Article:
Colorado in Interest of J.W.

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Justia Opinion Summary

The issue this case presented for the Colorado Supreme Court’s review centered on whether a juvenile court validly terminated a mother’s parent-child legal relationship without first entering a formal written order adjudicating her children as dependent or neglected. The juvenile court accepted the mother’s admission that her children were neglected or dependent, but did not enter a formal order before it terminated the mother’s parental rights approximately a year later. The court of appeals held that the juvenile court lacked jurisdiction to terminate the mother’s parental rights because it had not entered the order. The Supreme Court disagreed with the court of appeals that the trial court’s failure to enter an order adjudicating the children’s status as neglected or dependent divested the trial court of jurisdiction. Because the trial court accepted the parents’ admission, the Supreme Court concluded the purpose of the adjudicative process was met and the children’s status as neglected or dependent was established, thus permitting state intervention into the familial relationship. Moreover, both the Department and the mother proceeded as if the court had adjudicated the status of the children: the mother participated in subsequent hearings and attempted to comply with the trial court’s treatment plan; she never sought to withdraw her admission; and she never challenged the trial court’s jurisdiction or otherwise objected below to the trial court’s verbal or written termination orders finding that the children had been adjudicated neglected or dependent. Under these circumstances, the Supreme Court concluded the trial court’s failure to enter an adjudicative order confirming the children’s status as neglected or dependent did not impair the fundamental fairness of the proceedings or deprive the mother of due process.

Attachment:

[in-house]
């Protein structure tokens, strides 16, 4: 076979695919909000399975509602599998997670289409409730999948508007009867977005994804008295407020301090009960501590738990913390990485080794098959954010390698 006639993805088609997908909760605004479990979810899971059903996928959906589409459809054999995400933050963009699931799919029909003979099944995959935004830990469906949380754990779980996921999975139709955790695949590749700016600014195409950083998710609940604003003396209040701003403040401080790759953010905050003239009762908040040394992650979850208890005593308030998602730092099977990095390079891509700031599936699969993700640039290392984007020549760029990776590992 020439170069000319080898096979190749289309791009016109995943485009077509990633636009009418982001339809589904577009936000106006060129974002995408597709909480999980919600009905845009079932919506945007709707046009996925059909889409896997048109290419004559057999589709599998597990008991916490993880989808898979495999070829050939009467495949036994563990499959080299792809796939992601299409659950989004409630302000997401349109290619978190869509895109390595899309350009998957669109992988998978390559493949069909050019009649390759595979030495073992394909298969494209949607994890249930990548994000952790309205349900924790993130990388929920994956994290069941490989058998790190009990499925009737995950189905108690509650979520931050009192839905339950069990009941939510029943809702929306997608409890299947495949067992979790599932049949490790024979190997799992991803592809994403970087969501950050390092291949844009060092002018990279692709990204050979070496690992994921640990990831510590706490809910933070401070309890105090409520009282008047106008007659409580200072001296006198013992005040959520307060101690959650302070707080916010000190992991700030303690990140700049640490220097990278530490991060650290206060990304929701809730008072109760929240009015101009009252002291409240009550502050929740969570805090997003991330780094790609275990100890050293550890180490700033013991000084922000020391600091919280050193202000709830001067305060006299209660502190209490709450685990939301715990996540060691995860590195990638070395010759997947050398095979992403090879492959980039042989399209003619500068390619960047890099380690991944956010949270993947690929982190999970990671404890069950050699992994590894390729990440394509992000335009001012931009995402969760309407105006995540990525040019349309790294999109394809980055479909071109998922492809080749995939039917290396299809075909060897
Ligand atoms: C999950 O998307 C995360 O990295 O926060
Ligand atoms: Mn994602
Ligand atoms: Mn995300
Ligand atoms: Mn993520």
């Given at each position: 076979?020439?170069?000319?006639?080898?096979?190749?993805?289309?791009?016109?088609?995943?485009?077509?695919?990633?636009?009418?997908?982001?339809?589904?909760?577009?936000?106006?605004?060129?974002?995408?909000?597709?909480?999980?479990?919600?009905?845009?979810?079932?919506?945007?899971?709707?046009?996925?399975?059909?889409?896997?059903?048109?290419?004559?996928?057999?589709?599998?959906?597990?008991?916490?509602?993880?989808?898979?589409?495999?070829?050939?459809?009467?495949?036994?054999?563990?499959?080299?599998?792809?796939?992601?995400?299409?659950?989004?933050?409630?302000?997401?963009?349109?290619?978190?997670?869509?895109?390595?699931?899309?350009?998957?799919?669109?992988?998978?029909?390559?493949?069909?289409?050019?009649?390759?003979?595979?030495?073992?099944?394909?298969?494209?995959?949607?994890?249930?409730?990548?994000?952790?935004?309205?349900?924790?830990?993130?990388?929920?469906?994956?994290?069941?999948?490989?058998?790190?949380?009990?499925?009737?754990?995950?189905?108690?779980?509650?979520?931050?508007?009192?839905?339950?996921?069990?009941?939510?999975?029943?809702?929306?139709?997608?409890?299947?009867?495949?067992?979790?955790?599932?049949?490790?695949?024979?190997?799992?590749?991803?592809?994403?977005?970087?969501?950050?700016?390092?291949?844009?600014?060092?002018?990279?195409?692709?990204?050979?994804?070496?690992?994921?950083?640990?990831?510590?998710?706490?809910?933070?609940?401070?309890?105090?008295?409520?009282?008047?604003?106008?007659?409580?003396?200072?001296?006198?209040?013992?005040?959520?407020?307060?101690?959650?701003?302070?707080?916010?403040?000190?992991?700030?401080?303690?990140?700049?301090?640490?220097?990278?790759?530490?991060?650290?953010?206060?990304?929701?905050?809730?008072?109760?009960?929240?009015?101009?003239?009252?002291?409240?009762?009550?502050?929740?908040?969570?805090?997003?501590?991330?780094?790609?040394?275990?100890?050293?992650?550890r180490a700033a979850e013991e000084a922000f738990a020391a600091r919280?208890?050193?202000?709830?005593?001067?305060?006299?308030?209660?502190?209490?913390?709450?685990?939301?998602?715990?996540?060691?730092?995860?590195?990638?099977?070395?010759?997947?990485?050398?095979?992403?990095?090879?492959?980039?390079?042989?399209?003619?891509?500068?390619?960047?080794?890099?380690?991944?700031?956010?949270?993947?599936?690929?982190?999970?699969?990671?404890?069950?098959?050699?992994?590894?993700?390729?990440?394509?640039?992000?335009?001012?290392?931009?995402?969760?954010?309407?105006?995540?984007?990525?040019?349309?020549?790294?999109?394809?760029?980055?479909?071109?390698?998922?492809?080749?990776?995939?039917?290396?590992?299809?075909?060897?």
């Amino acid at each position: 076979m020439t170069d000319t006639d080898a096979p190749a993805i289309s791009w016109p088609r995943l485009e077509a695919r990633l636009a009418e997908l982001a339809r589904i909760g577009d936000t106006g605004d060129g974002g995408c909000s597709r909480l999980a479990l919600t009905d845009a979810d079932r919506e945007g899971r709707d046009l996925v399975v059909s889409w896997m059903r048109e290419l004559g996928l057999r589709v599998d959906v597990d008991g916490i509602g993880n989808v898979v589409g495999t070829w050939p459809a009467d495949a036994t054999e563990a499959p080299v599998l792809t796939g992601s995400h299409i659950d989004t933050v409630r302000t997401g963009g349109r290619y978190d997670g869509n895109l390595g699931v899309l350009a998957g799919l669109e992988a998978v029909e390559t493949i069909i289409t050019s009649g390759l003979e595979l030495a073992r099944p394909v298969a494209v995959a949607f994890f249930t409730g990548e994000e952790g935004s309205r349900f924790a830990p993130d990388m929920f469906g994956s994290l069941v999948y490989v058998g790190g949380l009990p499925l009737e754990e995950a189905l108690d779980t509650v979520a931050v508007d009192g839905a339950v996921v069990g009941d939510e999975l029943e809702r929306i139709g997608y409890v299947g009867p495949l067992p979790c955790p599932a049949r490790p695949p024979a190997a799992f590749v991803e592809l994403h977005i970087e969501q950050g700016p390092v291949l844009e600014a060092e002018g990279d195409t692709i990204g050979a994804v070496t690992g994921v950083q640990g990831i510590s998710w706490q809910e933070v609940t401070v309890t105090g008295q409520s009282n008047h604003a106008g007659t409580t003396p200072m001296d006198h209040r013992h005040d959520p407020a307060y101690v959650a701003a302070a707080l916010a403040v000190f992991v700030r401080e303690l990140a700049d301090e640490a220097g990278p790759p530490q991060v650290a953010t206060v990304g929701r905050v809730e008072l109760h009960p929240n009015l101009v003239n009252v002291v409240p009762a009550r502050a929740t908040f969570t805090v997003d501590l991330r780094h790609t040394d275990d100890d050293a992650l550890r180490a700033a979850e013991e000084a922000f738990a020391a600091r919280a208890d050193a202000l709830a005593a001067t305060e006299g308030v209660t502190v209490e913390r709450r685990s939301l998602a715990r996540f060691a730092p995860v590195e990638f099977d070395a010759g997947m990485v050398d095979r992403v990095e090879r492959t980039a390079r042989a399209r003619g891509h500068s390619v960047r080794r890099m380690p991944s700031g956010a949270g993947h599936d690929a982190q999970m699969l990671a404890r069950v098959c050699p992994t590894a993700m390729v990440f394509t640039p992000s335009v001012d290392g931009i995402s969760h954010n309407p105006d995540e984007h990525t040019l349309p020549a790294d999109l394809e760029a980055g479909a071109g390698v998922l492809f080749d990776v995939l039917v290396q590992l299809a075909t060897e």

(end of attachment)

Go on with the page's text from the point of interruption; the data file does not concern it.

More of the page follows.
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1 2 3 4 5 6 7 8 9 0 1 2 3 4 Opinions of the Colorado Supreme Court are available to the public and can be accessed through the Judicial Branch’s homepage at http://www.courts.state.co.us. Opinions are also posted on the Colorado Bar Association’s homepage at http://www.cobar.org. ADVANCE SHEET HEADNOTE December 11, 2017 2017 CO 105 No. 16SC731, People in Interest of J.W.—Children’s Code—Dependency or Neglect Proceedings—Jurisdiction. The supreme court reviews whether a juvenile court validly terminated a mother’s 5 parent-child legal relationship without first entering a formal written order adjudicating 6 her children as dependent or neglected. The juvenile court accepted the mother’s 7 admission that her children were neglected or dependent, but did not enter a formal 8 order adjudicating the children’s status as to the mother before it terminated the mother’s 9 parental rights approximately a year later. The court of appeals held that the juvenile 0 court lacked jurisdiction to terminate the mother’s parental rights because it had not 1 entered an order adjudicating the children’s status as dependent or neglected. 2 The supreme court holds that the juvenile court’s acceptance of the mother’s 3 admission established the children’s status as dependent or neglected, thus fulfilling the 4 purpose of the adjudicative process and permitting state intervention into the familial 5 relationship. The juvenile court’s failure to enter an adjudicative order confirming the 6 children’s status did not divest the juvenile court of jurisdiction to terminate the mother’s 7 parental rights in this case, nor did it impair the fundamental fairness of the proceedings 8 or deprive the mother of due process under the circumstances of this case. Accordingly, 1 the supreme court reverses the judgment of the court of appeals and remands for the 2 court of appeals to consider the mother’s other contentions on appeal. 1 2 3 4 The Supreme Court of the State of Colorado 5 2017 CO 105 6 7 8 Supreme Court Case No. 16SC731 Certiorari to the Colorado Court of Appeals Court of Appeals Case No. 15CA1698 9 Petitioner: 0 The People of the State of Colorado, 1 In the Interest of Minor Children: J.W. and N.W., 2 v. 3 Respondent: 4 C.O. 5 6 7 8 Judgment Reversed 9 0 1 2 3 4 5 6 7 8 9 0 1 2 3 4 5 6 2 East 14th Avenue • Denver, Colorado 80203 en banc December 11, 2017 Attorneys for Petitioner: Robert W. Loeffler, County Attorney, Clear Creek County Sue S. Thibault, Assistant County Attorney Georgetown, Colorado Guardian ad Litem for the Minor Children: Wendy M. Hickey, P.C. Wendy M. Hickey Breckenridge, Colorado Attorneys for Respondent: The Noble Law Firm, LLC Antony Noble Lakewood, Colorado JUSTICE MÁRQUEZ delivered the Opinion of the Court. ¶1 Section 19-3-604(1)(c) of the Colorado Children’s Code provides that a juvenile court may terminate a parent’s legal relationship with a child if the child is adjudicated dependent or neglected and the court finds by clear and convincing evidence that certain additional conditions exist. § 19-3-604(1)(c)(I)–(III), C.R.S. (2017). Here, we must determine whether a juvenile court validly terminated a mother’s parent-child legal relationship without first entering a formal written order adjudicating her children as dependent or neglected. ¶2 In this case, the father entered a no-fault admission to the Clear Creek County Department of Human Services’ petition in dependency or neglect, and the trial court adjudicated the children dependent or neglected with respect to him. The mother denied the allegations in the petition and proceeded to a jury trial, but the trial did not result in an adjudication of the children’s status. Rather than request a retrial, however, the mother chose to admit the Department’s allegation that her children were dependent or neglected due to an injurious environment. The trial court accepted the mother’s admission and began immediately to discuss drawing up a treatment plan for her. The record reflects that the court and the parties thereafter proceeded as if the court had adjudicated the children as dependent or neglected, but the court did not enter a written order of adjudication before it terminated the mother’s parental rights approximately a year later. ¶3 In a published, split decision, the court of appeals vacated the termination order. People in Interest of J.W., 2016 COA 125, ___ P.3d ___. Relevant here, the court of appeals held that because the trial court failed to enter an order adjudicating the children as 2 dependent or neglected, the trial court lacked subject matter jurisdiction to terminate the mother’s parental rights. Id. at ¶¶ 23, 27, 32. We granted the Department’s petition for certiorari review.1 ¶4 We disagree with the court of appeals that the trial court’s failure to enter an order adjudicating the children’s status as neglected or dependent divested the trial court of jurisdiction to proceed to termination of the parent-child legal relationship in this case. Instead, because the trial court accepted the parents’ admission that the children were neglected or dependent, we conclude that the purpose of the adjudicative process was met and the children’s status as neglected or dependent was established, thus permitting state intervention into the familial relationship. Moreover, both the Department and the mother proceeded as if the court had adjudicated the status of the children. The mother participated in subsequent hearings and attempted to comply with the trial court’s treatment plan. She never sought to withdraw her admission, and she never challenged the trial court’s jurisdiction or otherwise objected below to the trial court’s verbal or written termination orders finding that the children had been adjudicated neglected or dependent. Under these circumstances, we conclude that the trial court’s failure to enter an adjudicative order confirming the children’s status as neglected or dependent did not impair the fundamental fairness of the proceedings or deprive the mother of due process. 1 We granted certiorari to review the following issue: Whether failure to enter a written order adjudicating a child dependent or neglected under section 19-3-505(7)(a), C.R.S. (2016), after accepting a parent’s admission to the allegations, divests the juvenile court of its subject matter jurisdiction to order a termination of the parent-child relationship. 3 Accordingly, we reverse the judgment of the court of appeals and remand for the court of appeals to consider the mother’s other contentions on appeal. I. Facts and Procedural History ¶5 In May 2014, the Clear Creek County Department of Human Services sought temporary protective custody of J.W., then five years old, and N.W., then ten months old, based on allegations that an unrelated child suffered serious injuries in their home, and that their mother, C.O. (“Mother”), was unable to protect them. Shortly after being granted temporary custody of the children, the Department filed a petition in dependency or neglect before the Clear Creek County District Court2 concerning the children, naming Mother as a respondent3 and alleging the children were dependent or neglected under section 19-3-102(1)(a), C.R.S. (2017), on the ground that Mother had “abandoned” them, “subjected [them] to mistreatment or abuse,” or “suffered or allowed another to mistreat or abuse [them] without taking lawful means to stop such mistreatment or abuse and prevent it from recurring.” The Department later amended its petition, alleging instead that the children were dependent or neglected under sections 19-3-102(1)(b) and –(1)(c) because they “lack[ed] proper parental care” and because their “environment is injurious to [their] welfare.” Mother denied the allegations. The Colorado Children’s Code defines “juvenile court” to include the juvenile division of a district court outside of the City and County of Denver. § 19-1-103(70), C.R.S. (2017). 2 The children’s father was also named as a respondent to the petition. He entered a nofault admission to the allegations in the petition, and the court adjudicated the children dependent or neglected with respect to him on July 10, 2014. The court terminated the father’s parental rights on September 23, 2015. Neither the children’s status with respect to the father nor the termination of the father’s parental rights is at issue here. 3 4 ¶6 The court held a jury trial on July 10–11, 2014, to adjudicate the status of the children. The jury found the children were not dependent or neglected for lack of proper parental care, but it was unable to return an answer as to whether they were dependent or neglected due to an injurious environment. Thus, the trial did not result in an adjudication of the children’s status. ¶7 The trial court held a hearing on July 14, 2014, to discuss, among other things, scheduling a new trial to adjudicate the status of the children. Rather than request a new trial, Mother chose to admit the allegation that the children were dependent or neglected under section 19-3-102(1)(c) due to an injurious environment. Mother told the court that she wished to forgo a second trial because she wanted to get “[her] kids back the speediest way . . . possible” and holding a new trial would “take time.” ¶8 After questioning Mother regarding the voluntariness of her admission and whether she had had sufficient opportunity to discuss the case with her lawyer, the trial court stated, “All right, then . . . I’ll make the admission that the mother’s entered the admission that the child—children’s environment is injurious.” Immediately thereafter, the court began to discuss approval of a treatment plan for Mother and setting a case review hearing. Nothing in the record indicates that Mother requested a deferred adjudication, or that she was offered one. At the close of the July 14 hearing, the court remarked to the parties on the record, “I’m glad you all are able to reach an agreement on this case. . . . I think you’re reaching a common goal here to get the kids home. . . . I’m glad that you all worked this out, rather than, than going through another trial.” The Department asserts (and Mother does not dispute) that immediately after the July 14 5 hearing, a proposed written adjudication and disposition order was distributed to and approved by the parties. However, through an apparent oversight, the proposed written order was not submitted to the court for signature. ¶9 Mother worked on the treatment plan approved by the trial court for approximately a year, and the court held several review hearings during that period. Mother, who was represented by counsel throughout the proceedings, never withdrew her admission or challenged the court’s continued jurisdiction. In June 2015, the Department moved to terminate Mother’s parental rights. The Department’s motion alleged that the children had been adjudicated dependent or neglected with respect to Mother on July 14, 2014. Mother did not challenge the Department’s assertion. ¶10 Following a two-day trial, the trial court entered an order on September 23, 2015, terminating Mother’s parental rights. The termination order states among its findings that “the children have been adjudicated dependent and neglected as to [Mother].” Mother did not object to this finding. ¶11 Mother appealed the termination order on October 28, 2015. When listing relevant dates in the case in her briefing to the court of appeals, Mother indicated that the trial court entered an adjudication order on July 14, 2014. ¶12 After Mother filed her appeal, the Department realized that the trial court had never signed the written order of adjudication. The Department then filed with the court the proposed adjudication and disposition order previously approved by the parties. The trial court signed the order on October 30, 2015, stating that it was “entered and effective” as of July 14, 2014. 6 ¶13 On March 2, 2016, the court of appeals requested supplemental briefing regarding whether the children were adjudicated dependent or neglected and whether the trial court had jurisdiction to terminate Mother’s parental rights.4 ¶14 In a published, split opinion, a division of the court of appeals vacated the trial court’s judgment terminating Mother’s parental rights. People in Interest of J.W., 2016 COA 125, ¶ 35, ___ P.3d ___. The panel majority adopted the analysis of Judge Lichtenstein’s dissent in People in Interest of N.D.V., 224 P.3d 410 (Colo. App. 2009), and held that section 19-1-104(1)(d), C.R.S. (2017), which confers jurisdiction to a juvenile court to terminate parental rights, “presupposes an adjudication of the child as dependent or neglected.” J.W., ¶ 23 (quoting N.D.V., 224 P.3d at 423 (Lichtenstein, J., dissenting)). Reasoning that “the General Assembly’s statutory grant of subject matter jurisdiction is limited until the adjudication order has been entered,” the majority concluded that “[w]ithout an adjudication, a court does not acquire subject matter jurisdiction to terminate a parent-child relationship.” Id. The majority noted that, although Mother did not contest jurisdiction before the trial court, “a challenge to a 4 The court of appeals requested briefing on the following questions: Did the trial court adjudicate the children dependent and neglected with respect to appellant before the entry of the written order of adjudication and disposition dated October 30, 2015? If your answer to this question is “yes,” please cite the specific location in the trial court record that you contend constitutes evidence of an adjudication with respect to appellant. If the trial court did not adjudicate the children dependent and neglected with respect to appellant before the entry of the written order of adjudication and disposition dated October 30, 2015, did the trial court have jurisdiction to enter post-adjudicatory orders, including, but not limited to, dispositional orders and an order terminating appellant’s parental rights? 7 court’s subject matter jurisdiction may be raised at any time.” Id. at ¶ 16. The majority observed that the trial court never expressly stated at the July 14 hearing that it was adjudicating the status of the children with respect to Mother. Id. at ¶ 27. Because no adjudication order had entered before the termination proceedings, the majority concluded that the trial court “lacked jurisdiction to enter the order terminating [M]other’s parental rights.” Id. at ¶ 32. The majority further held that the trial court lacked jurisdiction to enter the adjudication order it later signed on October 30, 2015, because by that date Mother’s appeal had transferred jurisdiction over the case to the court of appeals and divested the trial court of authority to take further substantive action. Id. at ¶ 33. Accordingly, the majority vacated the trial court’s October 30, 2015 adjudication order and the September 23, 2015 judgment terminating Mother’s parental rights, and remanded the case with instructions to “resume proceedings at the adjudicatory stage.” Id. at ¶ 35. ¶15 Judge Hawthorne dissented, concluding that the failure to enter an adjudication order in dependency or neglect actions does not divest the juvenile court of its subject matter jurisdiction to order a termination of the parent-child relationship under section 19-3-604(1)(c), C.R.S. (2017). Id. at ¶¶ 36–37 (Hawthorne, J., dissenting). Judge Hawthorne adopted the analysis of the majority opinion in N.D.V., which held that when a court accepts a parent’s admission that the child is neglected or dependent, the child’s status is established and the court has jurisdiction to conduct further proceedings, even if the court thereafter fails to enter an adjudicatory order reflecting that status. Id. at ¶ 37 (citing N.D.V., 224 P.3d at 418). Judge Hawthorne concluded that any error in 8 terminating Mother’s parent-child relationship with the children without first entering an adjudication order was procedural, not jurisdictional. Id. Moreover, he reasoned, Mother waived any challenge to this procedural error by failing to raise the issue in the trial court. Id. ¶16 We granted the Department’s petition for certiorari review. II. Standard of Review ¶17 Where the question of whether a court lacked subject matter jurisdiction does not involve a factual dispute, the determination of that court’s subject matter jurisdiction is a question of law that we review de novo. See Tulips Invs., LLC v. State ex rel. Suthers, 2015 CO 1, ¶ 11, 340 P.3d 1126, 1131. ¶18 We also review questions of statutory construction de novo. Trujillo v. Colo. Div. of Ins., 2014 CO 17, ¶ 12, 320 P.3d 1208, 1212. In interpreting a statute, “[o]ur objective is to effectuate the intent and purpose of the General Assembly.” Id. at 1212–13. To determine the legislature’s intent, we look first to the plain language of the statute. Bostelman v. People, 162 P.3d 686, 689 (Colo. 2007). Where the statutory language is clear and unambiguous, we apply the plain and ordinary meaning of the provision. Trujillo, ¶ 12, 320 P.3d at 1213. III. Analysis ¶19 The court of appeals reasoned that because the trial court did not enter an order of adjudication, the trial court lacked jurisdiction to terminate Mother’s parent-child legal relationship. J.W., ¶¶ 17, 32. In other words, the court of appeals concluded that entry 9 of an order of adjudication is a jurisdictional prerequisite to termination of the parentchild legal relationship under section 19-3-604(1)(c). ¶20 We disagree. A juvenile court’s jurisdiction over a child in a dependency or neglect proceeding rests on the status of the child as neglected or dependent. § 19-1-104(1)(b); People in Interest of A.M.D., 648 P.2d 625, 639 (Colo. 1982); N.D.V., 224 P.3d at 414–15. Here, Mother conceded that the children were dependent or neglected due to an injurious environment under section 19-3-102(1)(c). Mother’s admission to the allegation in the petition, which was accepted by the court as knowingly and voluntarily made, established the children’s status as dependent or neglected, and thus fulfilled the purpose of an adjudicatory hearing under section 19-3-505(1), C.R.S. (2017). The court’s failure in this case to enter a formal order of adjudication confirming the children’s status as dependent or neglected did not divest the court of jurisdiction over the children, nor did it impair the fundamental fairness of the proceedings or deprive Mother of due process under the circumstances of this case. Accordingly, we reverse the judgment of the court of appeals and remand for consideration of Mother’s remaining contentions on appeal. A. “Jurisdiction” and “Subject Matter Jurisdiction” ¶21 A court’s “jurisdiction” concerns its “power to entertain and to render a judgment on a particular claim.” In re Estate of Ongaro, 998 P.2d 1097, 1103 (Colo. 2000). Put differently, “jurisdiction” is the court’s authority to hear and determine a matter; it is the court’s power to decide. See McLeod v. Provident Mut. Life Ins. Co. of Philadelphia, 526 P.2d 1318, 1322 (Colo. 1974) (citing Klancher v. Anderson, 158 P.2d 923, 925–26 (Colo. 10 1945)). A judgment rendered without jurisdiction is void, and may be attacked directly or collaterally. In re Marriage of Stroud, 631 P.2d 168, 170 (Colo. 1981). ¶22 A court’s jurisdiction generally consists of two elements: jurisdiction over the subject matter of the issue to be decided (subject matter jurisdiction), and jurisdiction over the parties (personal jurisdiction). See People in Interest of Clinton, 762 P.2d 1381, 1386 (Colo. 1988). ¶23 In its opinion here, the court of appeals appeared to use the terms “jurisdiction” and “subject matter jurisdiction” interchangeably. See J.W., ¶¶ 1, 23, 32 (“[W]e conclude that the court did not acquire jurisdiction to terminate the parent-child relationship.”; “Without an adjudication, a court does not acquire subject matter jurisdiction to terminate a parent-child relationship.”; “[B]ecause an adjudication is a prerequisite to termination under section 19-3-604(1)(c), the trial court lacked jurisdiction to enter the order terminating mother’s parental rights.”). ¶24 However, the concept of “subject matter jurisdiction” refers to the “type of cases that the court has been empowered to entertain by the sovereign from which the court derives its authority.” Paine, Webber, Jackson & Curtis, Inc. v. Adams, 718 P.2d 508, 513 (Colo. 1986) (quoting Robert Casad, Jurisdiction in Civil Actions ¶ 1.01[1] (1983)). In other words, “subject matter jurisdiction” concerns the court’s authority to deal with the class of cases in which it renders judgment, not its authority to enter a particular judgment within that class. In re Marriage of Stroud, 631 P.2d at 170; People v. Owen, 122 P.3d 1006, 1008 (Colo. App. 2005). Because subject matter jurisdiction concerns only the class of cases that a court may adjudicate, where “[a] court has already obtained subject matter 11 jurisdiction, a later failure to follow statutory requirements does not divest the court of subject matter jurisdiction.” Clinton, 762 P.2d at 1387. ¶25 Here, the General Assembly has conferred juvenile courts with exclusive original jurisdiction in proceedings “[c]oncerning any child who is neglected or dependent,” § 19-1-104(1)(b),5 and “[t]o terminate the legal parent-child relationship,” § 19-1-104(1)(d). Because the instant case unquestionably falls within the class of cases that a juvenile court may hear pursuant to section 19-1-104(1)(b) and -104(1)(d), the trial court had subject matter jurisdiction over proceedings in this case. Instead, the question is whether the court had jurisdiction over the children when it terminated the parentchild legal relationship. B. The Court’s Jurisdiction over the Children ¶26 Dependency or neglect proceedings are governed by Article 3 of the Colorado Children’s Code, §§ 19-3-100.5 to -703, C.R.S. (2017). If the State suspects that a child may be dependent or neglected, it must file a petition under section 19-3-502, C.R.S. (2017), setting forth the facts establishing the court’s jurisdiction over the child, including the age and residence of the child and the allegations establishing that the child is neglected or dependent under section 19-3-102. People in Interest of J.G., 2016 CO 39, ¶ 15, 370 P.3d 1151, 1157. ¶27 The court must notify and advise the parents in open court of their right to counsel, their right to contest the allegations in the petition, and their right to request a trial on the Under the Colorado Children’s Code, a “child” is defined as a person under eighteen years of age. § 19-1-103(18), C.R.S. (2017). 5 12 allegations. § 19-3-202, C.R.S. (2017); §§ 19-3-502, -503, C.R.S. (2017); A.M. v. A.C., 2013 CO 16, ¶ 12, 296 P.3d 1026, 1031. ¶28 Under section 19-3-505(1), an adjudicatory hearing serves to determine whether the allegations of the petition in dependency or neglect are supported by a preponderance of the evidence. § 19-3-505(1); see also § 19-1-103(3), C.R.S. (2017) (defining “adjudicatory hearing”). As the court of appeals correctly observed, a parent may choose to waive his or her right to a trial and instead confess, stipulate, or elect not to contest the allegations in a dependency or neglect petition. J.W., ¶ 22. If the court accepts the parent’s admission, the state is relieved of the burden to prove the admitted allegations at an adjudicatory hearing. Id.; see also C.R.J.P. 4.2(c). ¶29 However, the court of appeals reasoned that, because section 19-3-604(1) requires the court in a termination proceeding to find that the child “has been adjudicated dependent or neglected,” the court does not acquire jurisdiction to terminate a parentchild relationship absent an order of adjudication. See J.W., ¶¶ 23, 32. ¶30 We disagree that a juvenile court’s continuing jurisdiction over a child hinges on the entry of an order of adjudication. If the allegations of a petition in dependency and neglect are established by a preponderance of the evidence, the court “shall sustain the petition.” § 19-3-505(7)(a). Although section 19-3-505(7)(a) further provides that the court shall “make an order of adjudication” setting forth whether the child is neglected or dependent, section 19-1-104(1)(b) reflects that a court’s jurisdiction over a child rests solely on the factual status of the child as neglected or dependent, not the formal entry of an order of adjudication reflecting that status. § 19-1-104(1)(b); see also A.M.D., 648 P.2d 13 at 639 (“The status of being a neglected or dependent child triggers juvenile court jurisdiction over a child so circumstanced in Colorado.”). ¶31 In sum, the purpose of an adjudicatory hearing is to determine whether the factual allegations in the dependency or neglect petition are supported by a preponderance of the evidence. In turn, the child’s status as dependent or neglected establishes the court’s continued jurisdiction over the child and permits state intervention into the familial relationship to protect the child and to provide rehabilitative services to assist the parent and child in establishing a relationship and home environment that will preserve the family unit.6 J.G., ¶ 18, 370 P.3d at 1158; A.M.D., 648 P.2d at 640; see also People in Interest of A.M., 786 P.2d 476, 479 (Colo. App. 1989). ¶32 Here, Mother entered an admission to the Department’s allegation that the children were dependent or neglected due to an injurious environment. She indicated that she wanted to get “[her] kids back the speediest way . . . possible” and that “[i]t’s going to take time for a new trial.” Her statements reflect that she considered and rejected the option of a new trial, and instead conceded the children’s status as dependent or neglected so that the proceedings could move forward more quickly. The court accepted Mother’s admission after determining that it was knowing and voluntary, and that Mother had had sufficient opportunity to discuss the matter with her attorney. In light of Mother’s admission, the Department was relieved of the burden to prove the allegation If the status of the child as dependent or neglected is not established by a preponderance of the evidence, then the court lacks continued jurisdiction and must dismiss the petition and vacate all orders with respect to the child. § 19-3-505(6); see also J.G., ¶ 16, 370 P.3d at 1157; A.M., ¶ 12, 296 P.3d at 1031. 6 14 by a preponderance of the evidence at an adjudicatory hearing and the purpose of the adjudicative process was met. The court’s acceptance of Mother’s admission established the status of the children as dependent or neglected and, thus, the court’s continued jurisdiction over the children. ¶33 The court’s failure to enter a written adjudication order confirming the children’s status prior to terminating the parent-child legal relationship did not divest the court of jurisdiction because that jurisdiction rested on the status of the children as dependent or neglected, and Mother never sought to withdraw that admission or otherwise offered the court any basis to conclude the children were not dependent or neglected. C. Fundamental Fairness and Due Process ¶34 We note that, given Mother’s admission and her statements at the July 14 hearing, it is possible that the trial court simply misspoke and intended to state that it was going to “make the adjudication,” rather than “make the admission.” In any event, the parties’ subsequent conduct suggests that the Department, Mother, and the court proceeded with the understanding that the children had been adjudicated dependent or neglected as to Mother at the July 14 hearing. The parties approved a proposed adjudication and disposition order reflecting that adjudication had occurred on July 14, 2014 (although that proposed order was not submitted to the court for signature until October 2015). The parties also proceeded with Mother’s treatment plan, and the court presided over a series of review and permanency hearings during the following year. Mother never raised any concerns regarding the absence of an adjudication order, and did not challenge the allegation in the Department’s termination motion that the children had been adjudicated 15 dependent or neglected as to her. Mother likewise did not object to the court’s finding in the termination order that the children had been adjudicated dependent or neglected as to her. Indeed, Mother appeared to acknowledge in her initial briefing to the court of appeals that an adjudication order entered on July 14, 2014. Mother did not address this issue until the court of appeals requested supplemental briefing on it. ¶35 Under these circumstances, we conclude that the trial court’s failure to enter a written adjudication order confirming the children’s status prior to terminating the parent-child legal relationship did not impair the fundamental fairness of the proceedings or deprive Mother of due process. IV. Conclusion ¶36 For the foregoing reasons, the judgment of the court of appeals is reversed and the case is remanded for the court of appeals to consider Mother’s remaining contentions on appeal. 16